Seeing Red

This week, David Ward explains how a little extra thought could go a long way for some of our prospective clients.

I am colour blind. To be honest, I am so colour blind that my 6-year-old daughter takes great pleasure in telling me I’m getting my reds, greens and browns, my blues, purples, pinks and greys all of a muddle. As we sit down to do some drawing together, more often than not the scene taking shape on the page is eclipsed by the alien-looking purple sky or dry, parched-looking brown grass as though some prolonged drought has been in full swing for several months. I’ve lost count of the number of fouls I’ve given away playing snooker when I’ve inadvertently potted the brown thinking it was a red. I’ve long since given up looking for red tees against the green grass on the golf course. I long ago got used to the strange looks that shop assistants give me when I ask them what colour a particular item of clothing is. In short, it’s a frustrating problem. However, it’s hardly a life threatening one and to my nearest and dearest it’s a source of some entertainment.

Depending on where you look for the figures, between 8% and 12% of the male population are colour blind to some extent and a very small proportion of females are affected. One way of testing for colour blindness is the Ishihara test. Here are a few examples from that test.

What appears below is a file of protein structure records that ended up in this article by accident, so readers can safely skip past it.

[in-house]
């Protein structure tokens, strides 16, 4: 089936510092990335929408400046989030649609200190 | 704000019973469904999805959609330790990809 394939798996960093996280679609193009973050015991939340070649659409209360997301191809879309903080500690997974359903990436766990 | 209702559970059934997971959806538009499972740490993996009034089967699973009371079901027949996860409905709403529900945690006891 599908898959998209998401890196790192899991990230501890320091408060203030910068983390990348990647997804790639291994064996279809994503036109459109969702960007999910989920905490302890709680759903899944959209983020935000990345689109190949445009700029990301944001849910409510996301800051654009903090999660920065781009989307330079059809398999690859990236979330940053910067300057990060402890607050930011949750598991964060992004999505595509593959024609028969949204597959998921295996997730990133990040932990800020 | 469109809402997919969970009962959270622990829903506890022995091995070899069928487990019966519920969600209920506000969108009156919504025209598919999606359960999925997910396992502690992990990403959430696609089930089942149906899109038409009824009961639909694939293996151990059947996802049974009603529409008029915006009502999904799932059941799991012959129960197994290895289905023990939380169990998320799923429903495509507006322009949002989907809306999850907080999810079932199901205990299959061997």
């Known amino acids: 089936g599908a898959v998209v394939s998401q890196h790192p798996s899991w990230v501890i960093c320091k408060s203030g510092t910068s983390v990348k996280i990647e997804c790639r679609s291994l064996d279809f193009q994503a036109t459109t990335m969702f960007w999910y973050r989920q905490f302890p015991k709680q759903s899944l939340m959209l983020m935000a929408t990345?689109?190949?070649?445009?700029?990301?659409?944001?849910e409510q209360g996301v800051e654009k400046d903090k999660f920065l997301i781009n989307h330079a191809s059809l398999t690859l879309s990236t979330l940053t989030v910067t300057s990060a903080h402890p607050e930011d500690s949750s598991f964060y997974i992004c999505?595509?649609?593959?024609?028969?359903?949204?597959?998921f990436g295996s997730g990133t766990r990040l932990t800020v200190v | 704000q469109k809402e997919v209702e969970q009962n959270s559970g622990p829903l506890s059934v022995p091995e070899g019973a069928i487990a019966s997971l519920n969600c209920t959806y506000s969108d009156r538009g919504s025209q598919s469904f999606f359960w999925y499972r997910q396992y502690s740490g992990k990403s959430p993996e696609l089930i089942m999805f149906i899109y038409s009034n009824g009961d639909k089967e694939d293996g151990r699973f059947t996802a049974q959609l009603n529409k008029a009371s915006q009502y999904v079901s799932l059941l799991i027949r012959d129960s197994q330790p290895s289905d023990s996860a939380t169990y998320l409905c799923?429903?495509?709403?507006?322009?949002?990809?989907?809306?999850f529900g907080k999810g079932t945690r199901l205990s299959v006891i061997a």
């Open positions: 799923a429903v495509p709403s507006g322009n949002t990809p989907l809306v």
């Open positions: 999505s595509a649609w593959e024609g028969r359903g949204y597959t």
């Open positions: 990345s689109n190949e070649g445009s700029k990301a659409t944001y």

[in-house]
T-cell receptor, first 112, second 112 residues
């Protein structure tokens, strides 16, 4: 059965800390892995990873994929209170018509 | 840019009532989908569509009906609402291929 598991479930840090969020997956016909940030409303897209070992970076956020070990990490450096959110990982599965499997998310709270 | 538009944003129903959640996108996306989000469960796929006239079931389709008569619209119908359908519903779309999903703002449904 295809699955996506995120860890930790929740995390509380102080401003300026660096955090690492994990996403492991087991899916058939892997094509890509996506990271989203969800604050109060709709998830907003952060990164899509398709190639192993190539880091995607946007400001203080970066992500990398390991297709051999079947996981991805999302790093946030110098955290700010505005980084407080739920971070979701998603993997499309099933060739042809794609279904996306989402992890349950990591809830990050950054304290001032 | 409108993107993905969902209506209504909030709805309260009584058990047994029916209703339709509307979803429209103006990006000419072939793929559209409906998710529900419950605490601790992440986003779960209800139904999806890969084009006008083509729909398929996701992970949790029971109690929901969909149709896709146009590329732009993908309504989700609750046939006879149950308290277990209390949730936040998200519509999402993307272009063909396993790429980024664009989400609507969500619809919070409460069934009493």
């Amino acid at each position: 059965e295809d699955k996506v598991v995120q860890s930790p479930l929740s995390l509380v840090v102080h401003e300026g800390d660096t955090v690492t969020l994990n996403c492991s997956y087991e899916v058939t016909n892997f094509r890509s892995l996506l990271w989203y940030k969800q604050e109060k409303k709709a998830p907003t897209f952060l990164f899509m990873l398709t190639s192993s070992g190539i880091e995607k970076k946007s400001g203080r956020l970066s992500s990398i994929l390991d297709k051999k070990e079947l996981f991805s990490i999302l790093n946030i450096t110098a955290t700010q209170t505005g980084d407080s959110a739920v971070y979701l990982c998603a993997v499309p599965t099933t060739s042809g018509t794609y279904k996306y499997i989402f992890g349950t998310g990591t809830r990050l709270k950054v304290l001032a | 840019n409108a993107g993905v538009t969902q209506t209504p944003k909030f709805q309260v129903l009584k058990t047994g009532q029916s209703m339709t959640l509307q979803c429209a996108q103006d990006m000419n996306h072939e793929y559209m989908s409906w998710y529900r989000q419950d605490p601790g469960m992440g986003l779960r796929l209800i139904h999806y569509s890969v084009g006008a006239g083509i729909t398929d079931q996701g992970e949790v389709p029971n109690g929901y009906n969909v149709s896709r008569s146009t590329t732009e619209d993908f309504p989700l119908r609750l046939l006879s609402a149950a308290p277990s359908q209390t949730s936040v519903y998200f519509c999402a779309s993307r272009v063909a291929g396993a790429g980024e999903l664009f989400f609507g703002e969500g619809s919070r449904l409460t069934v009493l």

What can you see? For the record I can see a 25 in the first circle. In the other three circles I see dots and nothing else. In the other three circles I should be able to see the number 45, the number 8 and the number 6.

I’m no expert on eye-related problems so I tried to find a simple explanation of the reason for colour blindness and provided a good one, I think.

Colour blindness is a result of certain cones on the retina misinterpreting the wavelengths that correspond to their respective colours. Red, green and blue colours have corresponding wavelengths. Red wavelengths are longest, green colours generate medium wavelengths, and blue colours are made of shorter wavelengths. If the green cones, for example, only respond to slightly longer wavelengths, green will be interpreted by the brain as red.

I don’t need to tell you that the web is an established way of advertising, reaching new customers and selling products, but how much consideration is given to the design of the colour schemes? Being faced with a website that hasn’t used a well-thought-out colour scheme that takes us colour blind folks into consideration could be costing you. For example, according to the last census in 2001 there were 28.6 million males in the UK, and with around 12% of males being colour blind that’s potentially 3.4 million males that may be put off from using a website purely because of its colour design.

The message for my Thursday Night Insight this week is simple. Although it’s often not a serious issue, please don’t forget about people like me that struggle when it comes to the world of colours and making distinctions between them. It’s not a difficult thing to take into consideration and there are 3.4 million in the UK alone that may just thank you for it.

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